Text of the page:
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Ruling for Big Taxi in Europe Could Spell End for Uber, Lyft, Airbnb

This article appeared online at TheNewAmerican.com on Friday, May 12, 2017:

In what could spell the end of Uber (and by inference other digital information providers such as Lyft and Airbnb) in Europe, an advisor to the European Court of Justice (ECJ) has recommended that the court treat Uber as a “transportation service” and not a digital information service.

Advocate General Maciej Szpunar, a Polish lawyer, whose opinion carries such great weight among the 15 judges making up the ECJ that they usually follow it, said on Thursday: “The Uber electronic platform, whilst innovative, falls within the field of transport. Uber can thus be required to obtain the necessary licenses and authorizations under national law.”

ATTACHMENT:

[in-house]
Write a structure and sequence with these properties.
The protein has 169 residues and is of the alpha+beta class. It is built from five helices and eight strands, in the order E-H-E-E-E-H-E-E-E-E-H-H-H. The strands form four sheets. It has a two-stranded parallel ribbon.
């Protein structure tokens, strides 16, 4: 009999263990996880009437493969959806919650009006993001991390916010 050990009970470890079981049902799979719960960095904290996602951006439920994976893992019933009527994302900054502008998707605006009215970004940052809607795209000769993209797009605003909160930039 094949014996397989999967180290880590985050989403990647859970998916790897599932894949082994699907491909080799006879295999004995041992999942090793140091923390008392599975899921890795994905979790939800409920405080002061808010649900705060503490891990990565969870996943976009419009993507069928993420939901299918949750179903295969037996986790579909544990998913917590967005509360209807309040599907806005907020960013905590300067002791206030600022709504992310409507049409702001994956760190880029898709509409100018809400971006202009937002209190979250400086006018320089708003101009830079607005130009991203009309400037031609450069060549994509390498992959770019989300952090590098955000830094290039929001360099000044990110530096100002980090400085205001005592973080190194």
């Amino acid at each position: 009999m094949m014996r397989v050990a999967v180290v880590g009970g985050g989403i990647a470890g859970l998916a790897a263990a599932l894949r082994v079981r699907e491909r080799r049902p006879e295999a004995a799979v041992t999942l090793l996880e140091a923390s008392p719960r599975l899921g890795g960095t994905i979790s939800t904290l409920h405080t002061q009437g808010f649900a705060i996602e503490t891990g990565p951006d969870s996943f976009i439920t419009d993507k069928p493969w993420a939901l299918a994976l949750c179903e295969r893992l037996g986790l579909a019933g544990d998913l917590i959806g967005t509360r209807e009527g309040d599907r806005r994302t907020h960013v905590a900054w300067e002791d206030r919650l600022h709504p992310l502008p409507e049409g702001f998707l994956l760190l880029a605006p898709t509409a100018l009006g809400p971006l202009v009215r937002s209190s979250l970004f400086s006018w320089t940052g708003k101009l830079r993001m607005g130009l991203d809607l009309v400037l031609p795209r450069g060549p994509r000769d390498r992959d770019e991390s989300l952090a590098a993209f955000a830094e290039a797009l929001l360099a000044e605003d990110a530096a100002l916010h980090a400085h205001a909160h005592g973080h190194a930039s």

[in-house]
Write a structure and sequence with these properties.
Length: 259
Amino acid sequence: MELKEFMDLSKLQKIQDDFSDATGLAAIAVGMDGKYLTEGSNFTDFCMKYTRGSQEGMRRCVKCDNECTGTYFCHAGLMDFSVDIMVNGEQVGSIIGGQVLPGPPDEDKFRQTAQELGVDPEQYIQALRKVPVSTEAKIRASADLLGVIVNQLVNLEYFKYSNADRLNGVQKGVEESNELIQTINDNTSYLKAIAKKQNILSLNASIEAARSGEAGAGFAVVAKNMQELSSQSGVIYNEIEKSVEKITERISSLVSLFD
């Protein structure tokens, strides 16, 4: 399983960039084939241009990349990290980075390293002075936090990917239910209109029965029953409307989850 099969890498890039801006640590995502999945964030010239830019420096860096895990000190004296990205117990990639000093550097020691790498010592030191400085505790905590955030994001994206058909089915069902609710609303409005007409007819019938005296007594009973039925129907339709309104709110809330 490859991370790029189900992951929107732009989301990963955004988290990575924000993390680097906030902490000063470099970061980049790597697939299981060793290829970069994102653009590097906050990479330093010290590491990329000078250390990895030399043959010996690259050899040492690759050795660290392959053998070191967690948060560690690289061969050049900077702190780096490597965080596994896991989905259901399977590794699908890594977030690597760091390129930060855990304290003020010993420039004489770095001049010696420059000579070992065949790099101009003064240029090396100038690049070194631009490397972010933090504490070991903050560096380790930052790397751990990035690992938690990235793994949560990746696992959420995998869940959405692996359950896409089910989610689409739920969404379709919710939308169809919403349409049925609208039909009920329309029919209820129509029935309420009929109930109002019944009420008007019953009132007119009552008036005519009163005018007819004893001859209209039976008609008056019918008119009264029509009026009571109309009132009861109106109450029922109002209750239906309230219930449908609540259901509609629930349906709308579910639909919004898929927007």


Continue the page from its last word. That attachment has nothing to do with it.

Translation: Uber must now look and act like Big Taxi. Drivers cannot be “amateurs” but

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Supreme Court’s Non-decision Expands Passenger Ridesharing Freedom

This article appeared online at TheNewAmerican.com on Thursday, April 27, 2017: 

By declining to hear an appeal, the Supreme Court on Monday essentially declared that rules protecting the taxi cartel in Chicago were null and void, thus expanding passenger freedom. As an attorney with the Institute for Justice (IJ), which represented Chicago Uber driver Dan Burgess, explained: “Today’s decision makes clear what [IJ] has said for years. The Constitution does not require [city] governments to stick with outdated protectionist regulations in the face of technological innovation.”

When Uber and other ride-sharing companies entered the Chicago market several years ago, they soon became a thorn in the side of the taxi cartel that had operated under protectionist rules dating back to 1937. Those rules